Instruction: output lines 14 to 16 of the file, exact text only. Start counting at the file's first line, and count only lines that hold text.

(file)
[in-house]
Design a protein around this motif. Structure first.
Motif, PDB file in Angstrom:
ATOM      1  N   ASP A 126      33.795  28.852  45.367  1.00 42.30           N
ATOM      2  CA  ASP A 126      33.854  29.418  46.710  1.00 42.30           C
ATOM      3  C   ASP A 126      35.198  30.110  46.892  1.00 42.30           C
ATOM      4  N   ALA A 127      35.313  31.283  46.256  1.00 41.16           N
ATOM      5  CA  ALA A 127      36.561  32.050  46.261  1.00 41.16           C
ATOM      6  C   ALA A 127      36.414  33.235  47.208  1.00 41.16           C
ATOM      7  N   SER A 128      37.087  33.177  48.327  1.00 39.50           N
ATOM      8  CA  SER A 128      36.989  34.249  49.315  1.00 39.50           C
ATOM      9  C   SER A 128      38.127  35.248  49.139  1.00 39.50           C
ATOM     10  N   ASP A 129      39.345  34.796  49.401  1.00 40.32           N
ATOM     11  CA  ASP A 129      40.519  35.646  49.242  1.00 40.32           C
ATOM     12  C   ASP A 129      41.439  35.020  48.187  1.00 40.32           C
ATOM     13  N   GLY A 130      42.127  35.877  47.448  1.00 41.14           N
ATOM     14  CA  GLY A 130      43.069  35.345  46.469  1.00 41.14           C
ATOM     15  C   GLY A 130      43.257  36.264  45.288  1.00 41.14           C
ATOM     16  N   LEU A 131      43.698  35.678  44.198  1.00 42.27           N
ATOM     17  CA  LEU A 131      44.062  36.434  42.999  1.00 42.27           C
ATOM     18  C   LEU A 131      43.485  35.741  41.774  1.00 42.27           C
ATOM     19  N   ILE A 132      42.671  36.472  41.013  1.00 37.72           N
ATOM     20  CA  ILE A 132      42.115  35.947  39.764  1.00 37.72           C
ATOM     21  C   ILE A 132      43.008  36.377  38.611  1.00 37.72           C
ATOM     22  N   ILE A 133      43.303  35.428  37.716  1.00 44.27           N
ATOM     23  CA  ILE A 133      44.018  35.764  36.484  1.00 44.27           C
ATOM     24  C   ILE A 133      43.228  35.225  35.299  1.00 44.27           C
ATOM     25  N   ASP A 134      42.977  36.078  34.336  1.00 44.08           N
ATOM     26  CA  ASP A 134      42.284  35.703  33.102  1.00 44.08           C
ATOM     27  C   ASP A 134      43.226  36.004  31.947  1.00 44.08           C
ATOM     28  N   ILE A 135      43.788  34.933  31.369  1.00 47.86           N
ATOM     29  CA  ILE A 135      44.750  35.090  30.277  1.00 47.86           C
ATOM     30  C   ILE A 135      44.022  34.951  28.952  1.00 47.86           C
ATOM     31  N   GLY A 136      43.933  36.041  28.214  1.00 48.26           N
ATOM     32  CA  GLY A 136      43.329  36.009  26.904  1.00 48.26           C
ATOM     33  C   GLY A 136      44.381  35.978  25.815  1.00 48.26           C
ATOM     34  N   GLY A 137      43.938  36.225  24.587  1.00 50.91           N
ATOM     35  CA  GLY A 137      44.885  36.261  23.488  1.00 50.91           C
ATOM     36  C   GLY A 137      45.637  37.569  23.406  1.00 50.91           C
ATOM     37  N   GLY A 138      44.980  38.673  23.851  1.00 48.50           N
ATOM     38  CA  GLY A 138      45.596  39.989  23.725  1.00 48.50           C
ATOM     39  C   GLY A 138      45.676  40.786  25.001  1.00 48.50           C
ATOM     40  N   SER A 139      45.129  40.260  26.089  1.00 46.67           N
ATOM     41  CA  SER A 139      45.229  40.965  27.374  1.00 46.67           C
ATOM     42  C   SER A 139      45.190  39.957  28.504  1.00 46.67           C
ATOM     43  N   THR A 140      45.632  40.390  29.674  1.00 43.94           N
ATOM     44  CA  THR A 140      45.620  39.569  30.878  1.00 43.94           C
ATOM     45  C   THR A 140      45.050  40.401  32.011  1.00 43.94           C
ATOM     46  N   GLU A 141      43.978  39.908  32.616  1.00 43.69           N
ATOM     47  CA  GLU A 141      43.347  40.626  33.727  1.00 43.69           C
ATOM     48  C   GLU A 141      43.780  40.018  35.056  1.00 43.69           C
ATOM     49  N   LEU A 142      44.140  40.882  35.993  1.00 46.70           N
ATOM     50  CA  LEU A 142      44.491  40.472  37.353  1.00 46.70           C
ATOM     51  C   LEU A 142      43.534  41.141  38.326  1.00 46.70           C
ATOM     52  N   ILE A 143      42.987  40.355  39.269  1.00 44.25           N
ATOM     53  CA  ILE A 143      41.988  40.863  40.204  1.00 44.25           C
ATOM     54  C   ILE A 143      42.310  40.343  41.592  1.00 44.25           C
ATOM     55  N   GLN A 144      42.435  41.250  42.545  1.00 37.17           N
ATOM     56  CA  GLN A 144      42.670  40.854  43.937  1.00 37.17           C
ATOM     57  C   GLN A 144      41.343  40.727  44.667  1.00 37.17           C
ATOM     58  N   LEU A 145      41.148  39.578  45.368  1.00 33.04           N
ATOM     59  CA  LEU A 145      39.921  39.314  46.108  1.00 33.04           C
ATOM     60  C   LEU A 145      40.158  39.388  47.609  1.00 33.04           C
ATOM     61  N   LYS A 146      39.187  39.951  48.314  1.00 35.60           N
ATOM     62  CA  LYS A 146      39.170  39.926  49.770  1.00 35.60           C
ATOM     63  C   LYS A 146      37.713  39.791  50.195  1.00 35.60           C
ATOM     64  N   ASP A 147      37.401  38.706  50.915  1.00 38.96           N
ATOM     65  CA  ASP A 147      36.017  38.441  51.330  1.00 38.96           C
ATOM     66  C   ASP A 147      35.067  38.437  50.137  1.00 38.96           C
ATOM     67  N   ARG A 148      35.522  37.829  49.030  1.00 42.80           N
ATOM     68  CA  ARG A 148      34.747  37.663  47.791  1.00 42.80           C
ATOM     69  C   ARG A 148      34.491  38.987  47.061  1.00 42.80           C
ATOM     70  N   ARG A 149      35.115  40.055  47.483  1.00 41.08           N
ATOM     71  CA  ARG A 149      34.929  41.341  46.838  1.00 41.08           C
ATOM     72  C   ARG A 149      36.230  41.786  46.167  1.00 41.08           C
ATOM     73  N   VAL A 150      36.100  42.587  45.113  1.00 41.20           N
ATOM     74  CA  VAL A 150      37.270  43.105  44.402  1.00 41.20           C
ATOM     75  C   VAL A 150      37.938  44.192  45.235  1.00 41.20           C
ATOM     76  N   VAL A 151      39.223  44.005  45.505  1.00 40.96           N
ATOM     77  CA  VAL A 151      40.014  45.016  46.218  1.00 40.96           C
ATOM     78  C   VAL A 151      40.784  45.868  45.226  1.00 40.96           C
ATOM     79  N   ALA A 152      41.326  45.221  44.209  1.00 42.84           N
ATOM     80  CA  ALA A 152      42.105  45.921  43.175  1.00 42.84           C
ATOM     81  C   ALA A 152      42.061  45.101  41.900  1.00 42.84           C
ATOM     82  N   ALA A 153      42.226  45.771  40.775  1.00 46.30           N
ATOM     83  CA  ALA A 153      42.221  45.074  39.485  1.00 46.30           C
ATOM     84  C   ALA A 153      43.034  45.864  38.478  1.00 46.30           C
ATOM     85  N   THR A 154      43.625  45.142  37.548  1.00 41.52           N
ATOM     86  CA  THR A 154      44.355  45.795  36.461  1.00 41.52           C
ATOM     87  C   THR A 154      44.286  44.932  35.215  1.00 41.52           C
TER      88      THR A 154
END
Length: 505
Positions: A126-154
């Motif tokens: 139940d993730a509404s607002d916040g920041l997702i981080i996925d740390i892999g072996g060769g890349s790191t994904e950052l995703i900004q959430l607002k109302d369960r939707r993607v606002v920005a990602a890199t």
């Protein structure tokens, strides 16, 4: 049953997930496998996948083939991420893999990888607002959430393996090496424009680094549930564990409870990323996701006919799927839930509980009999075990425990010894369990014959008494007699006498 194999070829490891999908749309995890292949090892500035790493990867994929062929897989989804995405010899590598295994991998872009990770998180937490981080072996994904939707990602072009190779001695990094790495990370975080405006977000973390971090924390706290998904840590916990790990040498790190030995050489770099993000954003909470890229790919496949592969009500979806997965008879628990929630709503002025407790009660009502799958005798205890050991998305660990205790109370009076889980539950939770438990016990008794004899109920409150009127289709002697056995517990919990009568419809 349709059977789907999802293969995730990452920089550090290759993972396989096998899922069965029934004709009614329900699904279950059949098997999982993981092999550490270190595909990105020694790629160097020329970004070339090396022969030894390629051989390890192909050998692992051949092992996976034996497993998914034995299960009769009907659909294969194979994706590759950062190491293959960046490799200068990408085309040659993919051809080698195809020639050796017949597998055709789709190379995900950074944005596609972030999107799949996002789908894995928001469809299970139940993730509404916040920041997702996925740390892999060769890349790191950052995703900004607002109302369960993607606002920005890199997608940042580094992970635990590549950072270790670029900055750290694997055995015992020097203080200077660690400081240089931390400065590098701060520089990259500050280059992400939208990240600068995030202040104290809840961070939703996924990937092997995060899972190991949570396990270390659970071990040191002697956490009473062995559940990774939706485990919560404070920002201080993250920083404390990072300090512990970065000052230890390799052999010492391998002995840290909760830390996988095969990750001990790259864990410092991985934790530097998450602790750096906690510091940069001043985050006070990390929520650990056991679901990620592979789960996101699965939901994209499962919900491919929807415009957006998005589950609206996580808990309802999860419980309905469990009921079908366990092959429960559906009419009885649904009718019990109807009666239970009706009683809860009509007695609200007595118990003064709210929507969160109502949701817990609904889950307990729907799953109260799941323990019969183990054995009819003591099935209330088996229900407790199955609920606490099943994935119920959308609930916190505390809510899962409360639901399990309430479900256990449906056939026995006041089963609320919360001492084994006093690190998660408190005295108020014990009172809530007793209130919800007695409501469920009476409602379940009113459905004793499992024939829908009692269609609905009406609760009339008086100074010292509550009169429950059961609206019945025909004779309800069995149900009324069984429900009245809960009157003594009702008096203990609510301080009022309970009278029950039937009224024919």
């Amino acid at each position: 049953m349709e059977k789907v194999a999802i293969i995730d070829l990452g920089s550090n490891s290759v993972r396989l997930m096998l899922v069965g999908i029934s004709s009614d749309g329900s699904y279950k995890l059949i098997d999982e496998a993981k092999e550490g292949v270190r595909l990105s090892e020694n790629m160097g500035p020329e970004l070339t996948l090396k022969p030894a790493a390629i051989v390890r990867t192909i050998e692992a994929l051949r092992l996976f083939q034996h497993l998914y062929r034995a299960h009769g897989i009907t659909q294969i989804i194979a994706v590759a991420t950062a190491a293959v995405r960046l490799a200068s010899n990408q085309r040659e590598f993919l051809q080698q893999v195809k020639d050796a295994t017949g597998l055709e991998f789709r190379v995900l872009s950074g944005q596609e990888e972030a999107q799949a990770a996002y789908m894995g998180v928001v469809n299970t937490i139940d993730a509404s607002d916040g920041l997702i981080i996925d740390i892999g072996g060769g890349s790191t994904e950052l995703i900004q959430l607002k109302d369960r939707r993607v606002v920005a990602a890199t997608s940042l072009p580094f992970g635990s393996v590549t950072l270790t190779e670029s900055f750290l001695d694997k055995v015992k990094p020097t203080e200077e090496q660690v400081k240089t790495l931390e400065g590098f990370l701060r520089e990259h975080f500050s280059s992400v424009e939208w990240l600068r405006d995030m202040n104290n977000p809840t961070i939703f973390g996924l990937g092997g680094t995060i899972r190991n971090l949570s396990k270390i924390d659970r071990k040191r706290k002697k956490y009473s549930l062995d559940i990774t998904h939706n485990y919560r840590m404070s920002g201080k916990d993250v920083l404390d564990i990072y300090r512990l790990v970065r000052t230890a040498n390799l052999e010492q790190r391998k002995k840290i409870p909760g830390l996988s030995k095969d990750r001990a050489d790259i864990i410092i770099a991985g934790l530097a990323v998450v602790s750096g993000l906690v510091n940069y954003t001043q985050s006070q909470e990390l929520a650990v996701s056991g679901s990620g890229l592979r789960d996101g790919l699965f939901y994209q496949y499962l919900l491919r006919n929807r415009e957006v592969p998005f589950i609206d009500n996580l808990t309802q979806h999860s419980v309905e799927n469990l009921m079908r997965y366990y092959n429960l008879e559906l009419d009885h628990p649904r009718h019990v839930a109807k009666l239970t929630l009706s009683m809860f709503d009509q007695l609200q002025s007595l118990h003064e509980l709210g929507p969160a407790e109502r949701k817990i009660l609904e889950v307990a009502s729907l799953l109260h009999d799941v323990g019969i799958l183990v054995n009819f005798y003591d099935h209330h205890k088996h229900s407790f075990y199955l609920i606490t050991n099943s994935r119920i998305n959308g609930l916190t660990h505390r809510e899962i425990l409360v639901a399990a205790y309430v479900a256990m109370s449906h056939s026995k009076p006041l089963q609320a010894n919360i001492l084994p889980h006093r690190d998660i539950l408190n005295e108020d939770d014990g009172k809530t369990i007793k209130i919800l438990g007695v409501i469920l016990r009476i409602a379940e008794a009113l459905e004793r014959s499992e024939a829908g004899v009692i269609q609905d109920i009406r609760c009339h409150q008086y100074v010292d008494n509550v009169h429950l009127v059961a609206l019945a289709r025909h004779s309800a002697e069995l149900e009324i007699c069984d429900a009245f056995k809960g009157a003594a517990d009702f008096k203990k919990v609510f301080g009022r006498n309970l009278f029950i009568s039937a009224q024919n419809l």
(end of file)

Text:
ATOM     11  CA  ASP A 129      40.519  35.646  49.242  1.00 40.32           C
ATOM     12  C   ASP A 129      41.439  35.020  48.187  1.00 40.32           C
ATOM     13  N   GLY A 130      42.127  35.877  47.448  1.00 41.14           N